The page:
16th Jan 2020
What steps her Department is taking to increase sports coverage on free-to-air television.

The listed events regime strikes a balance between retaining free-to-air sporting events for the public while allowing rights holders to negotiate agreements in the best interests of their sport.

To give equal recognition to disabled and women’s sports, the government is currently consulting on the addition of the Paralympics and certain women’s events to the listed events regime. However, the government does not have any plans to carry out a full review of the list.

Nigel Adams
Minister of State (Foreign, Commonwealth and Development Office)
11th Nov 2020
To ask the Secretary of State for Education, what contingency plans he has in place to ensure that children who travel to school by coach can continue to do so in the event that some coach operators cease trading by April 2021 due to the covid-19 outbreak.

The Department has allocated more than £70 million to Local Transport Authorities (LTAs), enabling them to increase dedicated home to school and college transport capacity over the autumn term: https://www.gov.uk/government/publications/esfa-update-14-october-2020/esfa-update-further-education-14-october-2020. LTAs have flexibility in how they use this funding to meet the needs of local families, including hiring extra coaches. We are reviewing funding arrangements for the spring term.

Government Departments continue to work collaboratively and with representatives from the coach sector, including the Confederation of Passenger Transport, to understand the ongoing risks and issues the sector faces and how these could be addressed.

The Government has also provided £4.6 billion of un-ringfenced funding to local authorities to support them with the pressures they are facing as a result of COVID-19: https://www.gov.uk/government/publications/covid-19-emergency-funding-for-local-government. This funding can be used to support school and college travel.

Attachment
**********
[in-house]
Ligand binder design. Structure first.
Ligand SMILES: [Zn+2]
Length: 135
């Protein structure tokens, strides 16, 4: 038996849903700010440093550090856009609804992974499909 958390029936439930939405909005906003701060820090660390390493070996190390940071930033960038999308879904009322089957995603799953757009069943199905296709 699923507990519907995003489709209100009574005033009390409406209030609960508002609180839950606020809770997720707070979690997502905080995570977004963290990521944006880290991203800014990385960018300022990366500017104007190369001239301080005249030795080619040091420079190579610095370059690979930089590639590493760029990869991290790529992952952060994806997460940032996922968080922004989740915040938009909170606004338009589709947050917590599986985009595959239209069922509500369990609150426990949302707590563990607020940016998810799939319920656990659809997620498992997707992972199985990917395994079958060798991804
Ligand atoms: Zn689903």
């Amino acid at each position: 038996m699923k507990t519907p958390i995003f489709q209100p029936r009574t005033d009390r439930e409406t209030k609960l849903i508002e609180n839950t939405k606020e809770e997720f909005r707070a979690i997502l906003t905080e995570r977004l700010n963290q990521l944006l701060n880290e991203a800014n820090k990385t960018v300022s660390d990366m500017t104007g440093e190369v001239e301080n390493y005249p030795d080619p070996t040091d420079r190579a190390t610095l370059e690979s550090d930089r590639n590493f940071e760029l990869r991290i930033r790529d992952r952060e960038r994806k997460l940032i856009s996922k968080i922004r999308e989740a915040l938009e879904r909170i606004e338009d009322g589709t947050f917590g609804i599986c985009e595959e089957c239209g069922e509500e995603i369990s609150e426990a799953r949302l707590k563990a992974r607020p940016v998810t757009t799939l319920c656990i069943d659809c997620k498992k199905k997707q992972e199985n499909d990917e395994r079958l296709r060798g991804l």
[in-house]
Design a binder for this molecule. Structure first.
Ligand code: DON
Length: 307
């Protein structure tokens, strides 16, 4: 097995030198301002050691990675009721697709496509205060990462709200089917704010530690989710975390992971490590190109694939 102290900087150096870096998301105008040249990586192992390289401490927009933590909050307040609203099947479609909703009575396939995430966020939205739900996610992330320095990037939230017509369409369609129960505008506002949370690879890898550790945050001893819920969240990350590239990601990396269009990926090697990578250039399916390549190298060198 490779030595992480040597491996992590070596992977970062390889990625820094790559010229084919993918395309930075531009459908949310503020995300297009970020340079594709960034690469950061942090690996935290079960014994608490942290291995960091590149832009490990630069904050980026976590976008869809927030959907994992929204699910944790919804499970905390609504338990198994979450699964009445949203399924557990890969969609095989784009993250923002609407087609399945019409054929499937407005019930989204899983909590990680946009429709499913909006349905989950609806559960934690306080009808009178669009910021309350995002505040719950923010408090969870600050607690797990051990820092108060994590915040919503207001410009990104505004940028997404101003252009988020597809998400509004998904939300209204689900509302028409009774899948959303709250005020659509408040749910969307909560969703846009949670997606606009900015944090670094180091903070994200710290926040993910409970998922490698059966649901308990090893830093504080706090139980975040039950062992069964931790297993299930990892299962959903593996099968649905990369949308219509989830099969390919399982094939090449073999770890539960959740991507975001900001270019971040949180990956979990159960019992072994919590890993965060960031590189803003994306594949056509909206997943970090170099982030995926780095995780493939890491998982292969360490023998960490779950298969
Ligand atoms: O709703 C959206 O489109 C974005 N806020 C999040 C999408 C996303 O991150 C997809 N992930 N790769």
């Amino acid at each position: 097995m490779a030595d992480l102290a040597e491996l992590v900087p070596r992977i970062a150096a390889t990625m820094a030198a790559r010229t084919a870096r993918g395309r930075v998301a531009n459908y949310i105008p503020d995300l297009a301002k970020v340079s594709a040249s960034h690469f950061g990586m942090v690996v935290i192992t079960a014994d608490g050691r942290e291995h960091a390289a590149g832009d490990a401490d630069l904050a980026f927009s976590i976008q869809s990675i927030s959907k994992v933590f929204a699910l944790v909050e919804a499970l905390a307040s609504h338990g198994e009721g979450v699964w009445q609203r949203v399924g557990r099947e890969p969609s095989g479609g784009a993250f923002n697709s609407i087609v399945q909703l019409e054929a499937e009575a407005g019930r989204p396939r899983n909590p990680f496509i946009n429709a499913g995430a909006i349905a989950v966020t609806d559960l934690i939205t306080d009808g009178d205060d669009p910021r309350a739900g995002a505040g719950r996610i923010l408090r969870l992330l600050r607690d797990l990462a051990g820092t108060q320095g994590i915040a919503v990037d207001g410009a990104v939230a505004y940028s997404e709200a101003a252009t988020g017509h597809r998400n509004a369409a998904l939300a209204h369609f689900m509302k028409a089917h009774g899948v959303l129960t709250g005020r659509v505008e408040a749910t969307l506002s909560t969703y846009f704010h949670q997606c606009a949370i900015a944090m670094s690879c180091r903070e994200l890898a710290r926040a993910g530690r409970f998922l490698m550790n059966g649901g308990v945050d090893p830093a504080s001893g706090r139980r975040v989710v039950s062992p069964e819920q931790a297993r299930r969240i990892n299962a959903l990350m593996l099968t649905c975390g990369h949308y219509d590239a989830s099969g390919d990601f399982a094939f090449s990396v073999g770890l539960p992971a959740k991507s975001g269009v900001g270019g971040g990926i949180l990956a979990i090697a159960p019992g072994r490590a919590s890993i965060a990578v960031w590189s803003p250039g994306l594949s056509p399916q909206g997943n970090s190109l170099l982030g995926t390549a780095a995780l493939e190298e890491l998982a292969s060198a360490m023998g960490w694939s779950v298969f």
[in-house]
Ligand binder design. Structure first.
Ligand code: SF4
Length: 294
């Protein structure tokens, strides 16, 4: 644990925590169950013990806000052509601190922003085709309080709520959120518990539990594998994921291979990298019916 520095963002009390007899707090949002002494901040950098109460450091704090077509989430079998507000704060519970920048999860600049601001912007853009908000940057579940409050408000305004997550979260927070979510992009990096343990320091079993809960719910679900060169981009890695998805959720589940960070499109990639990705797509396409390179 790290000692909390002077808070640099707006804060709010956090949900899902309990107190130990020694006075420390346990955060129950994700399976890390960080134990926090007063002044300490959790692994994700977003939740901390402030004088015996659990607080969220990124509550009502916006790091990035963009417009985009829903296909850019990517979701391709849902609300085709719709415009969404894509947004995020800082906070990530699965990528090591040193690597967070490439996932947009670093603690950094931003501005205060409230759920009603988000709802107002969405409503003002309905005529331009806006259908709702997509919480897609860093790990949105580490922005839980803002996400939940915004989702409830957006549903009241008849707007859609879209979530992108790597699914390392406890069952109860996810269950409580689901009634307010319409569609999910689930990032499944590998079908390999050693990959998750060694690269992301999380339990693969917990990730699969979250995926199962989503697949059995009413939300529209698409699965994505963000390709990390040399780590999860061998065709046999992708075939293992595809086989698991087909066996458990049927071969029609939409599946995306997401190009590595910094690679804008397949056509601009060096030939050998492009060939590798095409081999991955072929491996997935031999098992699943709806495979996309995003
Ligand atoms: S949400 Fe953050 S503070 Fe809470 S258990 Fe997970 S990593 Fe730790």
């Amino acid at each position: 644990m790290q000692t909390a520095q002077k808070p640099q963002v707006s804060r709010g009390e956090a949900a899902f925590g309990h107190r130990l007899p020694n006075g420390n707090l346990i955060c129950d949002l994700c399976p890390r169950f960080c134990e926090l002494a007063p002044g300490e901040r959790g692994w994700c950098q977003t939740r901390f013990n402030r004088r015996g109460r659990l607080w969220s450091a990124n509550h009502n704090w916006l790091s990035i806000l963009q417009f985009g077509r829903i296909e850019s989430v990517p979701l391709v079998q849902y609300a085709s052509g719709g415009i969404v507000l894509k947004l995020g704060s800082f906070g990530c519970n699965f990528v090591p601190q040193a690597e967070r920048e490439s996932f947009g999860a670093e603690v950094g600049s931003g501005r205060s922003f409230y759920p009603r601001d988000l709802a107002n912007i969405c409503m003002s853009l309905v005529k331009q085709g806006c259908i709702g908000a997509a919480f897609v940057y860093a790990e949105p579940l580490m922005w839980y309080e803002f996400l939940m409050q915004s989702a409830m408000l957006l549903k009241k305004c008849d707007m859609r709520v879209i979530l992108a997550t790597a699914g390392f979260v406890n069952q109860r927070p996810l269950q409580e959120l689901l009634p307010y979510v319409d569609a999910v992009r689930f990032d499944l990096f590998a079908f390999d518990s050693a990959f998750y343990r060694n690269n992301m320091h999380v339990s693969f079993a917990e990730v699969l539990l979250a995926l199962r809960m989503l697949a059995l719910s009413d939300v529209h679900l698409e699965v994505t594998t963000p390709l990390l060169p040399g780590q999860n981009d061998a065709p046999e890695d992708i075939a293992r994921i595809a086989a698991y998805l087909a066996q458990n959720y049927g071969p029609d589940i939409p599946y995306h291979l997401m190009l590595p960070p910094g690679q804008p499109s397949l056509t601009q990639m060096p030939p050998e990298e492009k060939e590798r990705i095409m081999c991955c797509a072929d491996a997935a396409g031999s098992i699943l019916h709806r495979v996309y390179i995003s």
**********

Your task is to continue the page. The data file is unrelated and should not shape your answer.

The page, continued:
Nick Gibb
Minister of State (Education)
15th Mar 2021
To ask the Secretary of State for Environment, Food and Rural Affairs, what assessment he has made of the potential merits for reducing single-use plastics by allowing larger e-liquid bottles for e-cigarettes.

The Government has made no specific assessment of the potential merits for reducing single-use plastics by allowing larger e-liquid bottles for e-cigarettes.

Regardless of size, e-liquid bottles can and should be recyclable. The Government's landmark Resources and Waste Strategy sets out our plans to eliminate avoidable plastic waste over the lifetime of the 25 Year Plan and drive up recycling rates. We will also be introducing a new world-leading tax on plastic packaging which will apply to businesses producing or importing plastic packaging which doesn't meet a minimum threshold of at least 30% recycled content, subject to further consultation, from April 2022. Together with the government's reform of the Packaging Producer Responsibility system, this will transform the economic incentives of producers by encouraging more use of recycled plastic and driving up recycling rates.

The Department of Health and Social Care is undertaking a post implementation review of the Tobacco and Related Products Regulations 2016 that provides the regulatory framework for e-cigarettes. This includes a public consultation, which closed on the 19 March, which allowed the opportunity for people to share their opinions on the regulations. The Government will publish its response later this year.

Rebecca Pow
Parliamentary Under-Secretary (Department for Environment, Food and Rural Affairs)
5th May 2020
To ask the Secretary of State for Environment, Food and Rural Affairs, how much emergency funding he plans to allocate to Forestry England to enable that organisation to continue (a) operating and (b) paying staff (i) during and (ii) after lockdown.